The Securities and Exchange Commission has rejected Apple’s petition to block three shareholder proposals from going to a vote at its next annual meeting — a win for activists that signals trouble for other US companies hoping the regulator will allow them to fend off unwanted attention.
The resolutions call for detailed reports regarding allegations of forced labour in Apple’s supply chain, explanations of why certain apps are deleted from the App Store in China and a public report of what risks the iPhone maker could face by allegedly using non-disclosure agreements in the context of workplace harassment and discrimination.
The Financial Times reported in October that Apple asked the SEC for permission to block six shareholder petitions, the highest amount of proposals the company has had since 2017. Apple’s reasoning was that it had “substantially implemented” what the petitioners were asking for. Of the remaining three proposals, one was rejected and two remain outstanding.
The SEC’s rejection letters to Apple, seen by the FT and expected to be published as early as Wednesday, said the company’s current policies and procedures “do not compare favourably” with the proposals.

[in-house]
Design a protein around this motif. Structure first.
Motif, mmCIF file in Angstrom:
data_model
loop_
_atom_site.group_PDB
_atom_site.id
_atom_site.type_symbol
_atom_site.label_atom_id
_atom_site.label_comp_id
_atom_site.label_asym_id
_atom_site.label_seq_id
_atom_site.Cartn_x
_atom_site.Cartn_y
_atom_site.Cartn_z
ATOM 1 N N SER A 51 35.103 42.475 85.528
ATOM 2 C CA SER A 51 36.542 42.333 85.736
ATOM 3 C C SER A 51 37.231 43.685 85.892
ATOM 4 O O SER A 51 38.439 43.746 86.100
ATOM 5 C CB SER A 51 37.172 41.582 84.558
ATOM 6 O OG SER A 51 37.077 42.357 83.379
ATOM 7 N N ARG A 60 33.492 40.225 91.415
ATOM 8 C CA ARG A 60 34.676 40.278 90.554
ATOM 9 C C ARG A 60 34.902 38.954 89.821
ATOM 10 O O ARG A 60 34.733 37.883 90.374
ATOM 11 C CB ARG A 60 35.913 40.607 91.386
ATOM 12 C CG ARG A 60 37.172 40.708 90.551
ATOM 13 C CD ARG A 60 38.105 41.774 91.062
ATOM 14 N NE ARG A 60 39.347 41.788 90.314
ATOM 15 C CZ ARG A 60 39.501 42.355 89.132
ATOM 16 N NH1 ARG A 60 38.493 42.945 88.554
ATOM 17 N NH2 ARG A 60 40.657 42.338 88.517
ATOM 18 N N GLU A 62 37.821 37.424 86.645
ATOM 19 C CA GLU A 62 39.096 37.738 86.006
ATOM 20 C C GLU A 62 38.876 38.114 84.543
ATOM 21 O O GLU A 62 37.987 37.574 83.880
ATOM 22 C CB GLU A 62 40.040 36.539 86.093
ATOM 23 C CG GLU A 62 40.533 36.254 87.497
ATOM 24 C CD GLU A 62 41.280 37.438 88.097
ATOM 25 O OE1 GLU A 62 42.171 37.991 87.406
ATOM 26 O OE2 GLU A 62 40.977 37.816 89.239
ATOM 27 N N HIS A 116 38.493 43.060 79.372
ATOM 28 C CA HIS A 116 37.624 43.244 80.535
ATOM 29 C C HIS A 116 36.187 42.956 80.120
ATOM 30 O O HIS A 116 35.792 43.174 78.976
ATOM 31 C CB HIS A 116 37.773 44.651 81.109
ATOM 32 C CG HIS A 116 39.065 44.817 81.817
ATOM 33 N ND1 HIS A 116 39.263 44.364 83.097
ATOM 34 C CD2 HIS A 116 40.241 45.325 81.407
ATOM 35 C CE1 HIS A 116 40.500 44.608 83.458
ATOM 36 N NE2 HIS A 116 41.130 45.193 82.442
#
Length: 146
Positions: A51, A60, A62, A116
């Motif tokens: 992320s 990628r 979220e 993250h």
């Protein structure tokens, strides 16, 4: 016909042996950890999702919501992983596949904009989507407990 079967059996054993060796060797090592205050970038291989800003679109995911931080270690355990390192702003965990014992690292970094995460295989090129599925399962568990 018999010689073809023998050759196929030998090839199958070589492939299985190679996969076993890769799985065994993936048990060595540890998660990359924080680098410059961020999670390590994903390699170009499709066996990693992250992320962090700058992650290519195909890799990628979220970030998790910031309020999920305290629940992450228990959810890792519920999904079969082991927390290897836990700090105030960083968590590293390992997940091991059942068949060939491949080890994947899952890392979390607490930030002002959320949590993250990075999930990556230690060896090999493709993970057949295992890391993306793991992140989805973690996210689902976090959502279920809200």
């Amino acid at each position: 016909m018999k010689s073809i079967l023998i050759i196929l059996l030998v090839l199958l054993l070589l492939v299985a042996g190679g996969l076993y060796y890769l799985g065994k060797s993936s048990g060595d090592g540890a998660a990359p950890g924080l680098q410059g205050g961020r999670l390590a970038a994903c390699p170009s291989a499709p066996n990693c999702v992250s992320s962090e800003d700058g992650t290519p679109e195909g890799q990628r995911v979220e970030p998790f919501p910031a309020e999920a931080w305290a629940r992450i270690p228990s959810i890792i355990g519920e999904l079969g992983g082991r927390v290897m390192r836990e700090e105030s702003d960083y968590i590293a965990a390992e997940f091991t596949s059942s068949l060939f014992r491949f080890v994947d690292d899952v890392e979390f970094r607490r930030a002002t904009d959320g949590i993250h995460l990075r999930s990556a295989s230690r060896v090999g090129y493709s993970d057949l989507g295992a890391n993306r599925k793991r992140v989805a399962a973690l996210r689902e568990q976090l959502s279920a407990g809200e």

Apple, which is expected to hold its annual meeting in the first quarter of 2022, declined to comment.
The SEC’s response to Apple could bode poorly for other companies. Last month, the regulator changed its policies to make it harder for companies to win regulatory support to reject investor petitions.
Following the SEC changes, more companies appear to be acquiescing to activist demands. A fourth Apple petition regarding the “right to repair” its products has already been resolved after the company last month announced it would launch a programme to help customers repair their devices. Goldman Sachs this week also published a report about forced arbitration after an investor proposal demanded more information about the bank’s policies.
To combat the app removal shareholder proposal, Apple argued that its annual Transparency Report detailed how many apps were taken down in China. But those reports were “woefully lacking”, said Joshua Brockwell, who filed the resolution on behalf of Azzad Asset Management.
“They love to aggregate numbers, but what does that mean?” he asked. “There’s not enough insight if you’re an investor motivated by human rights values.”
He added that the names of removed apps were not divulged and it could “boggle the mind” why apps ostensibly made for reading the Bible or the Koran were deleted from the App Store — the only mechanism users have to get apps on to an iPhone.